Edwin Brock’s poem “Five Ways to Kill a Man” is a powerful and thought-provoking work that explores the various ways in which human beings have killed each other throughout history. The poem is a commentary on the dark side of human nature, and it forces the reader to confront the brutal reality of violence and death.
The poem is structured in five stanzas, each of which describes a different method of killing. The first stanza describes killing with a bomb, the second with a knife, the third with a gun, the fourth with a disease, and the fifth with starvation. Each stanza is written in a different style, reflecting the different ways in which the killing takes place.
The first stanza, which describes killing with a bomb, is written in a fast-paced, staccato style that reflects the sudden and explosive nature of the act. The stanza begins with the line “There are many cumbersome ways to kill a man,” which sets the tone for the rest of the poem. The use of the word “cumbersome” suggests that killing is not an easy or simple task, but rather a complex and difficult one. The stanza goes on to describe the use of a bomb, with lines such as “You can make him carry a plank of wood / To the top of a hill and nail him to it” and “You can tie him to a stake and slowly / roast him to death.”
The second stanza, which describes killing with a knife, is written in a more fluid and lyrical style that reflects the intimate and personal nature of the act. The stanza begins with the line “There are many easy ways to kill a man,” which suggests that killing with a knife is a more straightforward and direct method than killing with a bomb. The stanza goes on to describe the use of a knife, with lines such as “You can push him off a cliff / Into the deep blue sea” and “You can take a rope and hang him high.”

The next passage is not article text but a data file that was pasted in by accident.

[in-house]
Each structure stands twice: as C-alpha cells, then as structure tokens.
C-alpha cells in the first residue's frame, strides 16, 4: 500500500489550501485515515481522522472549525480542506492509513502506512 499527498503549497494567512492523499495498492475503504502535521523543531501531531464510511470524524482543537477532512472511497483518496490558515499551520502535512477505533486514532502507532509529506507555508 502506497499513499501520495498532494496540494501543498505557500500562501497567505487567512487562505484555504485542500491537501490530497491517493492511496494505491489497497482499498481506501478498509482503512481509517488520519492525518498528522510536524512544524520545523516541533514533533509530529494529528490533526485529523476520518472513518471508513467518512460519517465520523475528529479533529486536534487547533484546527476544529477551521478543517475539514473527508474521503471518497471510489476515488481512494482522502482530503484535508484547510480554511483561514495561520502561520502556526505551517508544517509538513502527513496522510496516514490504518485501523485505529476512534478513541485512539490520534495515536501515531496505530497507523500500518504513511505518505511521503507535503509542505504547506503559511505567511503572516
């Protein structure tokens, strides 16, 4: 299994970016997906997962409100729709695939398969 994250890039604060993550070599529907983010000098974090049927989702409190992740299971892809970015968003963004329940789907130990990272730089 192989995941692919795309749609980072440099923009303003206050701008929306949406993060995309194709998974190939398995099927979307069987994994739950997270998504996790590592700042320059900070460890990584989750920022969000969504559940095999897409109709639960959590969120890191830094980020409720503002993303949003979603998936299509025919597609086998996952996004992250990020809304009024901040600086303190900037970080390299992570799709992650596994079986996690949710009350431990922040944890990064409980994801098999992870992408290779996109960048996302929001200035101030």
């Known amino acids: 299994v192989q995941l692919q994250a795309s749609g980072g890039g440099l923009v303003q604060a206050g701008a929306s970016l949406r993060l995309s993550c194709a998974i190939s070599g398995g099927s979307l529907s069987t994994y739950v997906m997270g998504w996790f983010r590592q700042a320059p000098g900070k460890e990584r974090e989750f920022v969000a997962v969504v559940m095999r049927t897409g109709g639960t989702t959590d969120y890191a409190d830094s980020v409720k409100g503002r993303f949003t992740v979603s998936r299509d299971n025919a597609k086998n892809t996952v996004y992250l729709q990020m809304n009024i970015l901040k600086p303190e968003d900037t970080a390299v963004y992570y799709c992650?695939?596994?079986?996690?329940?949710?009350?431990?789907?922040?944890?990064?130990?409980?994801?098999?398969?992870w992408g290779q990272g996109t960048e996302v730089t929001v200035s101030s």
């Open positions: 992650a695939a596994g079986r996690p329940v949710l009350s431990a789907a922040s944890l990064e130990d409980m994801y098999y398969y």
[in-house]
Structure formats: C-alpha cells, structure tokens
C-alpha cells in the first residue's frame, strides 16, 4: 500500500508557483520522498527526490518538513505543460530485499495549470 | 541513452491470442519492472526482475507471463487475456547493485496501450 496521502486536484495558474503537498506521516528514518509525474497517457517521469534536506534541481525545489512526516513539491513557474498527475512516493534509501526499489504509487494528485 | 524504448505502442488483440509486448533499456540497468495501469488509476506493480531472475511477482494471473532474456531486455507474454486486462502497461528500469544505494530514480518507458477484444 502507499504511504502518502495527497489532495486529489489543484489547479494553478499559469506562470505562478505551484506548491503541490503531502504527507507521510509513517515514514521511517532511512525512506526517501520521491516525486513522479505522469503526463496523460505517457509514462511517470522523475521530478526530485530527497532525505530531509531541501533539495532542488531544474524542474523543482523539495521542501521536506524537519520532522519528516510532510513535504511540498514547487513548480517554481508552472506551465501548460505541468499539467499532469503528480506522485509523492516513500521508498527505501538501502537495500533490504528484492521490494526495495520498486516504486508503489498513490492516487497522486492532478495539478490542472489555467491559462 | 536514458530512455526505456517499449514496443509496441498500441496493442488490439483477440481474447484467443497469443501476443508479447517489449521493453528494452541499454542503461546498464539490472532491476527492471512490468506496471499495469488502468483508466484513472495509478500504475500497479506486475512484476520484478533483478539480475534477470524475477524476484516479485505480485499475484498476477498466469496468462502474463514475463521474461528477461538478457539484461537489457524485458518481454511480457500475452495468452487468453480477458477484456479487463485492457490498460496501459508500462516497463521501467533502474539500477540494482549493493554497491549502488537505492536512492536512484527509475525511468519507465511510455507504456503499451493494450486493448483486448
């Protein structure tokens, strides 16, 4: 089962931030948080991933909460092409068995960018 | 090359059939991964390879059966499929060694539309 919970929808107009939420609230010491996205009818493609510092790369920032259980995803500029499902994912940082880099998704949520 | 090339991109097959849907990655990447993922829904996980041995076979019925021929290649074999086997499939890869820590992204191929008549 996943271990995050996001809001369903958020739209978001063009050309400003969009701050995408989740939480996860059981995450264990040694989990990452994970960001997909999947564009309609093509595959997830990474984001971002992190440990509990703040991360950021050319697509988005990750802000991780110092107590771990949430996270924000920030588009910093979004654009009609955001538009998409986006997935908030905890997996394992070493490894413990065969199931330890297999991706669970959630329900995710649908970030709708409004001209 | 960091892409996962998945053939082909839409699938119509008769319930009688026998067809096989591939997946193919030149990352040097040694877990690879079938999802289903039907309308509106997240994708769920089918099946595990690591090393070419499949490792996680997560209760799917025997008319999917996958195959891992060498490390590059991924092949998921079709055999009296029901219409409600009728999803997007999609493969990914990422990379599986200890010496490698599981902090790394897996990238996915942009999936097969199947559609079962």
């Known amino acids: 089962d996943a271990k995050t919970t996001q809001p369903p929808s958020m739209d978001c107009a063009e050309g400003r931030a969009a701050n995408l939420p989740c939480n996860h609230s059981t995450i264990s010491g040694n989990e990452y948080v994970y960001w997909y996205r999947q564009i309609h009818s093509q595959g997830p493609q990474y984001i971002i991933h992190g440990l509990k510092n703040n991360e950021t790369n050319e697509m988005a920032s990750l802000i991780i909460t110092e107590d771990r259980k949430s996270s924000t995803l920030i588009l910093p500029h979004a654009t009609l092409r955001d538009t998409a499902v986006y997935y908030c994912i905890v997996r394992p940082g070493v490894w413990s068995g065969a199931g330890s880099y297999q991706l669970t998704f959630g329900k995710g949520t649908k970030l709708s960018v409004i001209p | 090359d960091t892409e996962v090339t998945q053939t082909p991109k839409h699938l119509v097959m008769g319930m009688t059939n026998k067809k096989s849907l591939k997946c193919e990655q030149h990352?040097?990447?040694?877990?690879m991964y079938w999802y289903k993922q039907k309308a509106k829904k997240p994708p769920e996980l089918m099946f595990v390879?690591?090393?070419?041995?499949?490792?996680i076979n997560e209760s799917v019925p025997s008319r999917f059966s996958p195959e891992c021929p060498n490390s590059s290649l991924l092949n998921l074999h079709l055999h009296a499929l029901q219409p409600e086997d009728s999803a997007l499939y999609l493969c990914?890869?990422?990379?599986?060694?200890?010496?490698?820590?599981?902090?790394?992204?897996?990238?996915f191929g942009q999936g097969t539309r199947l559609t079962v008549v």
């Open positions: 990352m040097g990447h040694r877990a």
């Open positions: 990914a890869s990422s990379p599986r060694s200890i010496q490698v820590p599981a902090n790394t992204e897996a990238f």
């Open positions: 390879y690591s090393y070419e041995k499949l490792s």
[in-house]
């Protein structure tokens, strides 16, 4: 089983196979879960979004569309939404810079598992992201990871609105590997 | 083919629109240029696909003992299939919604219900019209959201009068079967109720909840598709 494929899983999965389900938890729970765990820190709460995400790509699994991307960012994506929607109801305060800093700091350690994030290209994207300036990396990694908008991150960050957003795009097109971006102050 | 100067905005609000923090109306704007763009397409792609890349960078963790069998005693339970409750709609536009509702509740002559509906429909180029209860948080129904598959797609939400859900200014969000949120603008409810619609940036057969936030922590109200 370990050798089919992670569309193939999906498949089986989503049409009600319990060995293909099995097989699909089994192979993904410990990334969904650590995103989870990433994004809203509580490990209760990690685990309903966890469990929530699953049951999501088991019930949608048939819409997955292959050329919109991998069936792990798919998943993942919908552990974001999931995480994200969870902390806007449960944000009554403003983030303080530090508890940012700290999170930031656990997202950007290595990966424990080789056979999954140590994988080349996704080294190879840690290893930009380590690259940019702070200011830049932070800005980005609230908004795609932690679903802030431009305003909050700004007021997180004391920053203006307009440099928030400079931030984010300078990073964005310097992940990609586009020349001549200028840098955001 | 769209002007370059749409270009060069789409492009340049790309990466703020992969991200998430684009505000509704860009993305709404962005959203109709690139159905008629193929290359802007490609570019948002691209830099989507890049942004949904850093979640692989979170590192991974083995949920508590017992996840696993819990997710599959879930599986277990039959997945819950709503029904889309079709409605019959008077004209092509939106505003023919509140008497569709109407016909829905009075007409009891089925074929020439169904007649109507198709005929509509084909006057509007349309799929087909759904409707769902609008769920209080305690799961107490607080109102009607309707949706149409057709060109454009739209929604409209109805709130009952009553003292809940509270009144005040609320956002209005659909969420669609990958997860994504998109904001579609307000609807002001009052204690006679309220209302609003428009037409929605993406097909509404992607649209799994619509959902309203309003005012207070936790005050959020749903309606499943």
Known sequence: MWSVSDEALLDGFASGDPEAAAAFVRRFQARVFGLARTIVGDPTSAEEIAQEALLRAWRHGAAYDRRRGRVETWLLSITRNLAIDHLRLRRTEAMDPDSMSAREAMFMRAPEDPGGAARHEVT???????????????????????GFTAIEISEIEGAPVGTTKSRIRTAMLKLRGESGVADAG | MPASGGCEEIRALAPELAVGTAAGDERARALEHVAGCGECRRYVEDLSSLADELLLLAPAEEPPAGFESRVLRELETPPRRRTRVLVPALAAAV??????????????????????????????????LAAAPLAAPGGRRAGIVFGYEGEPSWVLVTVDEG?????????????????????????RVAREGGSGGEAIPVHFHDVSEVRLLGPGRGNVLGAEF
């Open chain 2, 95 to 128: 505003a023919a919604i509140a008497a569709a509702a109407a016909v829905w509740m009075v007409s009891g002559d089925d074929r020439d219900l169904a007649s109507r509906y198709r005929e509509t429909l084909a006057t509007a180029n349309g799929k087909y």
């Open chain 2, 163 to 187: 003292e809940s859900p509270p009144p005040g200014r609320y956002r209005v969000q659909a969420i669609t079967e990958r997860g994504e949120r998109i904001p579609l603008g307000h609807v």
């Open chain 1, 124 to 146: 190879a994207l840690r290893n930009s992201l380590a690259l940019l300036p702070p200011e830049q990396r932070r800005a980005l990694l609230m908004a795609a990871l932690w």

The third stanza, which describes killing with a gun, is written in a more detached and clinical style that reflects the impersonal and mechanical nature of the act. The stanza begins with the line “There are many rapid ways to kill a man,” which suggests that killing with a gun is a quick and efficient method. The stanza goes on to describe the use of a gun, with lines such as “You can shoot him in the back / Because he’s running away” and “You can shoot him in the face / Because he’s got a funny look.”